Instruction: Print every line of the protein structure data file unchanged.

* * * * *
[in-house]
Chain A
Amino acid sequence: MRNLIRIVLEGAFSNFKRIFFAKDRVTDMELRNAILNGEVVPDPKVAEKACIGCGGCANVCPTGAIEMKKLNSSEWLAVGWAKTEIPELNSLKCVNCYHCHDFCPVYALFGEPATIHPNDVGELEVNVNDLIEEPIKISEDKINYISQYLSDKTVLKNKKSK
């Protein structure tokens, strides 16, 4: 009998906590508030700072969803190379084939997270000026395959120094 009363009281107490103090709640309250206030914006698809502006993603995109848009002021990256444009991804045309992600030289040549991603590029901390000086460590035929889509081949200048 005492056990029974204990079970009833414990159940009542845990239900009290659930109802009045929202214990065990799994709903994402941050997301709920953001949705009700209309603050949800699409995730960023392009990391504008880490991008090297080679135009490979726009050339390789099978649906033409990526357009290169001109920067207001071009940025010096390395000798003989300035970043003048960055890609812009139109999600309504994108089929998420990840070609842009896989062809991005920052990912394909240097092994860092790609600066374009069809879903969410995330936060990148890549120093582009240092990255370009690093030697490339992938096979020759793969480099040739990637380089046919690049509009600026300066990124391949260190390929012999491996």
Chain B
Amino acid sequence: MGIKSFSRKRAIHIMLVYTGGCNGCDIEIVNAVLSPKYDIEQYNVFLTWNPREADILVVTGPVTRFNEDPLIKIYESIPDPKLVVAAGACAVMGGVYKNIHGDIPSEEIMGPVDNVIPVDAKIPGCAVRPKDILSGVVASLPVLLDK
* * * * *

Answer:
[in-house]
Chain A
Amino acid sequence: MRNLIRIVLEGAFSNFKRIFFAKDRVTDMELRNAILNGEVVPDPKVAEKACIGCGGCANVCPTGAIEMKKLNSSEWLAVGWAKTEIPELNSLKCVNCYHCHDFCPVYALFGEPATIHPNDVGELEVNVNDLIEEPIKISEDKINYISQYLSDKTVLKNKKSK
């Protein structure tokens, strides 16, 4: 009998906590508030700072969803190379084939997270000026395959120094 009363009281107490103090709640309250206030914006698809502006993603995109848009002021990256444009991804045309992600030289040549991603590029901390000086460590035929889509081949200048 005492056990029974204990079970009833414990159940009542845990239900009290659930109802009045929202214990065990799994709903994402941050997301709920953001949705009700209309603050949800699409995730960023392009990391504008880490991008090297080679135009490979726009050339390789099978649906033409990526357009290169001109920067207001071009940025010096390395000798003989300035970043003048960055890609812009139109999600309504994108089929998420990840070609842009896989062809991005920052990912394909240097092994860092790609600066374009069809879903969410995330936060990148890549120093582009240092990255370009690093030697490339992938096979020759793969480099040739990637380089046919690049509009600026300066990124391949260190390929012999491996």
Chain B
Amino acid sequence: MGIKSFSRKRAIHIMLVYTGGCNGCDIEIVNAVLSPKYDIEQYNVFLTWNPREADILVVTGPVTRFNEDPLIKIYESIPDPKLVVAAGACAVMGGVYKNIHGDIPSEEIMGPVDNVIPVDAKIPGCAVRPKDILSGVVASLPVLLDK